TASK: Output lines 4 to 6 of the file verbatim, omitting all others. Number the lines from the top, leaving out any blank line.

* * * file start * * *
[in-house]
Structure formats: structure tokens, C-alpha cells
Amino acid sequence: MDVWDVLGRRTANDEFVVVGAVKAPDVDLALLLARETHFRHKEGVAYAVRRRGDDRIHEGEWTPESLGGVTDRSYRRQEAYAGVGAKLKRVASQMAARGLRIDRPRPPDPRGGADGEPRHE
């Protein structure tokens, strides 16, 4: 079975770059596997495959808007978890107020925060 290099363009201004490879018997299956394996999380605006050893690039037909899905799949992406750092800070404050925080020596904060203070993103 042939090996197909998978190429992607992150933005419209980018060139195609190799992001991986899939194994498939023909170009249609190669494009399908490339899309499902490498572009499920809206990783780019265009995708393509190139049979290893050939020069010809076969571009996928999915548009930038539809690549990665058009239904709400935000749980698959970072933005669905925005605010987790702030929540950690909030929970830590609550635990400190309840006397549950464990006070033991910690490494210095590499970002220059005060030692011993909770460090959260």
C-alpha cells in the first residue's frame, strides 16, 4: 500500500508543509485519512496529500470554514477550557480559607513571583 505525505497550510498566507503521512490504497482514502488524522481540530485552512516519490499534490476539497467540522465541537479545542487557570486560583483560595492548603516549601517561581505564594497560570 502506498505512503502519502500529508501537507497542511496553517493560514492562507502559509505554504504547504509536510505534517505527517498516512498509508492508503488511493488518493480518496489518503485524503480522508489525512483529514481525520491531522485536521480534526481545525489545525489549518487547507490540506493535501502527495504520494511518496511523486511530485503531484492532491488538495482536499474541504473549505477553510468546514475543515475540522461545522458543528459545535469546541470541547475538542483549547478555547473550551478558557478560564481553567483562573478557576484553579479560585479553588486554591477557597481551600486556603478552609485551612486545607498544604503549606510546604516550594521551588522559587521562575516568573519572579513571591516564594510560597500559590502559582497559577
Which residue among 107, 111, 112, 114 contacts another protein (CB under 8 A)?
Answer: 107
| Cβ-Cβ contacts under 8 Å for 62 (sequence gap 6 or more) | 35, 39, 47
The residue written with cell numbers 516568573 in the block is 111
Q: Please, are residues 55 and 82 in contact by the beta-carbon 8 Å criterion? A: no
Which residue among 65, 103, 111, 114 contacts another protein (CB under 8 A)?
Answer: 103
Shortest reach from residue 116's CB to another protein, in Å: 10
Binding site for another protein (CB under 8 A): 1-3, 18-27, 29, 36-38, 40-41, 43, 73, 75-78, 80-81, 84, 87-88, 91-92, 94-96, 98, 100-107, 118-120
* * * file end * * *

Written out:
């Protein structure tokens, strides 16, 4: 079975770059596997495959808007978890107020925060 290099363009201004490879018997299956394996999380605006050893690039037909899905799949992406750092800070404050925080020596904060203070993103 042939090996197909998978190429992607992150933005419209980018060139195609190799992001991986899939194994498939023909170009249609190669494009399908490339899309499902490498572009499920809206990783780019265009995708393509190139049979290893050939020069010809076969571009996928999915548009930038539809690549990665058009239904709400935000749980698959970072933005669905925005605010987790702030929540950690909030929970830590609550635990400190309840006397549950464990006070033991910690490494210095590499970002220059005060030692011993909770460090959260």
C-alpha cells in the first residue's frame, strides 16, 4: 500500500508543509485519512496529500470554514477550557480559607513571583 505525505497550510498566507503521512490504497482514502488524522481540530485552512516519490499534490476539497467540522465541537479545542487557570486560583483560595492548603516549601517561581505564594497560570 502506498505512503502519502500529508501537507497542511496553517493560514492562507502559509505554504504547504509536510505534517505527517498516512498509508492508503488511493488518493480518496489518503485524503480522508489525512483529514481525520491531522485536521480534526481545525489545525489549518487547507490540506493535501502527495504520494511518496511523486511530485503531484492532491488538495482536499474541504473549505477553510468546514475543515475540522461545522458543528459545535469546541470541547475538542483549547478555547473550551478558557478560564481553567483562573478557576484553579479560585479553588486554591477557597481551600486556603478552609485551612486545607498544604503549606510546604516550594521551588522559587521562575516568573519572579513571591516564594510560597500559590502559582497559577
Which residue among 107, 111, 112, 114 contacts another protein (CB under 8 A)?